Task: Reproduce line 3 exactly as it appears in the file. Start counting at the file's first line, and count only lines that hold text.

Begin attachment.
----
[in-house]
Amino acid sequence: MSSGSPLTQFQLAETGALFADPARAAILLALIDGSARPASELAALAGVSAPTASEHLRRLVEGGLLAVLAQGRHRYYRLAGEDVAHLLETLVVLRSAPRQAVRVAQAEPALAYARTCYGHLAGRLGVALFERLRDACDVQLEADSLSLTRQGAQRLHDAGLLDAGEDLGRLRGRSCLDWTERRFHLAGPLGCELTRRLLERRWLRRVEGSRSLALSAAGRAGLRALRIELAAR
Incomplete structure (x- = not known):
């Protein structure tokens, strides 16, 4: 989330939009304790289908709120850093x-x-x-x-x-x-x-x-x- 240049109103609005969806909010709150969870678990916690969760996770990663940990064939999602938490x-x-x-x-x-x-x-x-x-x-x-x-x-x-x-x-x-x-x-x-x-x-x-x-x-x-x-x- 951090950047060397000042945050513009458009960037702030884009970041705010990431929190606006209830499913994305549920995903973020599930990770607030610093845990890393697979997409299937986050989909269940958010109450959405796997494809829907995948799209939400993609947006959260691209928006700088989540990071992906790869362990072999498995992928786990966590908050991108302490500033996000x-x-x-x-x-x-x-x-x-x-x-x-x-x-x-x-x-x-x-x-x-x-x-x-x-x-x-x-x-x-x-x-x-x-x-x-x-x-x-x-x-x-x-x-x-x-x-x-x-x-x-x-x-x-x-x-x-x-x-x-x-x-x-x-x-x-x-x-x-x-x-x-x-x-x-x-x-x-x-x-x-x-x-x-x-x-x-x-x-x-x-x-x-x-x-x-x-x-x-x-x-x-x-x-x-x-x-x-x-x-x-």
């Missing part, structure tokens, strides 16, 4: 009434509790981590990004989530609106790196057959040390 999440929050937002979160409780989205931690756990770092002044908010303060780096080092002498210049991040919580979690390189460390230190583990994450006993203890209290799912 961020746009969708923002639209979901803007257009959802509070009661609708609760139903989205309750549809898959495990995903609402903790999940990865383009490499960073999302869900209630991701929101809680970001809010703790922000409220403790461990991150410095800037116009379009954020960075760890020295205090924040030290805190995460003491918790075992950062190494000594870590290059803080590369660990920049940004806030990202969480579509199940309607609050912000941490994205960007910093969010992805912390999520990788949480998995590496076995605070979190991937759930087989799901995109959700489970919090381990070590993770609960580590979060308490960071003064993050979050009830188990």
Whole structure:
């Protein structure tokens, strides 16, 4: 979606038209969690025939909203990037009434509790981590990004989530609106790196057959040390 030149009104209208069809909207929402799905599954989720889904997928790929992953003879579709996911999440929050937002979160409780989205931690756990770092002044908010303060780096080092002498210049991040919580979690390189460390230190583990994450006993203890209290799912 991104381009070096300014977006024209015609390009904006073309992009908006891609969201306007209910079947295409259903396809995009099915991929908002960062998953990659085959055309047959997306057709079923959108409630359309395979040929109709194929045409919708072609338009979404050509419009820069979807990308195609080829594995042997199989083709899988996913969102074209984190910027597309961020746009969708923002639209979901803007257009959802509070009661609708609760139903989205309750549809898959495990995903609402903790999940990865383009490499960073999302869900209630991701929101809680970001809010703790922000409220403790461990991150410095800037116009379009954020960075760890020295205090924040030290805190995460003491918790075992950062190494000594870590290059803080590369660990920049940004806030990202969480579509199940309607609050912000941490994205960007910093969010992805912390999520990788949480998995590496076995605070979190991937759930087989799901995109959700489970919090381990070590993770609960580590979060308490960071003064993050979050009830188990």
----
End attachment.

Incomplete structure (x- = not known):